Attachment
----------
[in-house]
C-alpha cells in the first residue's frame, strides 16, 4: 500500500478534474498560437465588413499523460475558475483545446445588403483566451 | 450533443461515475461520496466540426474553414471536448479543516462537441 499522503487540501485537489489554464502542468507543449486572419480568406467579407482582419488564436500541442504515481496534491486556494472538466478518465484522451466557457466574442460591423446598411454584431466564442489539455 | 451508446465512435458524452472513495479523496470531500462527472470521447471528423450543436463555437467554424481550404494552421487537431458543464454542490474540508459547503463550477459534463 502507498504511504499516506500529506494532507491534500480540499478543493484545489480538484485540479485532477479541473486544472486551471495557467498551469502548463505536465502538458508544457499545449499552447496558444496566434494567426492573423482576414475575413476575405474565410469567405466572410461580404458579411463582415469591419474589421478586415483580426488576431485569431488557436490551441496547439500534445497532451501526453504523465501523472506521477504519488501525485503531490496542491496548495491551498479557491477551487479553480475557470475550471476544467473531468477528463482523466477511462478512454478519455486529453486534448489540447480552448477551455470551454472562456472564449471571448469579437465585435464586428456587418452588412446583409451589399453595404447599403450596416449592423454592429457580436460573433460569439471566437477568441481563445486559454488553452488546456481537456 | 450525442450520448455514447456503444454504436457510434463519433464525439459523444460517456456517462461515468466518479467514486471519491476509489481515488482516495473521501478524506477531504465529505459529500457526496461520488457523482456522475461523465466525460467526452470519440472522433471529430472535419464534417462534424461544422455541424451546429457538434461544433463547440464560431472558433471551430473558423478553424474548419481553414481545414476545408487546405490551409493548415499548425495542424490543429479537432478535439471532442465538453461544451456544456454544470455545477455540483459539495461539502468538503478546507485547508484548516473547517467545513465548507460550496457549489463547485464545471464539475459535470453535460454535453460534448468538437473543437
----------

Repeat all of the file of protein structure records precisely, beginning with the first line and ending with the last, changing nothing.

[in-house]
C-alpha cells in the first residue's frame, strides 16, 4: 500500500478534474498560437465588413499523460475558475483545446445588403483566451 | 450533443461515475461520496466540426474553414471536448479543516462537441 499522503487540501485537489489554464502542468507543449486572419480568406467579407482582419488564436500541442504515481496534491486556494472538466478518465484522451466557457466574442460591423446598411454584431466564442489539455 | 451508446465512435458524452472513495479523496470531500462527472470521447471528423450543436463555437467554424481550404494552421487537431458543464454542490474540508459547503463550477459534463 502507498504511504499516506500529506494532507491534500480540499478543493484545489480538484485540479485532477479541473486544472486551471495557467498551469502548463505536465502538458508544457499545449499552447496558444496566434494567426492573423482576414475575413476575405474565410469567405466572410461580404458579411463582415469591419474589421478586415483580426488576431485569431488557436490551441496547439500534445497532451501526453504523465501523472506521477504519488501525485503531490496542491496548495491551498479557491477551487479553480475557470475550471476544467473531468477528463482523466477511462478512454478519455486529453486534448489540447480552448477551455470551454472562456472564449471571448469579437465585435464586428456587418452588412446583409451589399453595404447599403450596416449592423454592429457580436460573433460569439471566437477568441481563445486559454488553452488546456481537456 | 450525442450520448455514447456503444454504436457510434463519433464525439459523444460517456456517462461515468466518479467514486471519491476509489481515488482516495473521501478524506477531504465529505459529500457526496461520488457523482456522475461523465466525460467526452470519440472522433471529430472535419464534417462534424461544422455541424451546429457538434461544433463547440464560431472558433471551430473558423478553424474548419481553414481545414476545408487546405490551409493548415499548425495542424490543429479537432478535439471532442465538453461544451456544456454544470455545477455540483459539495461539502468538503478546507485547508484548516473547517467545513465548507460550496457549489463547485464545471464539475459535470453535460454535453460534448468538437473543437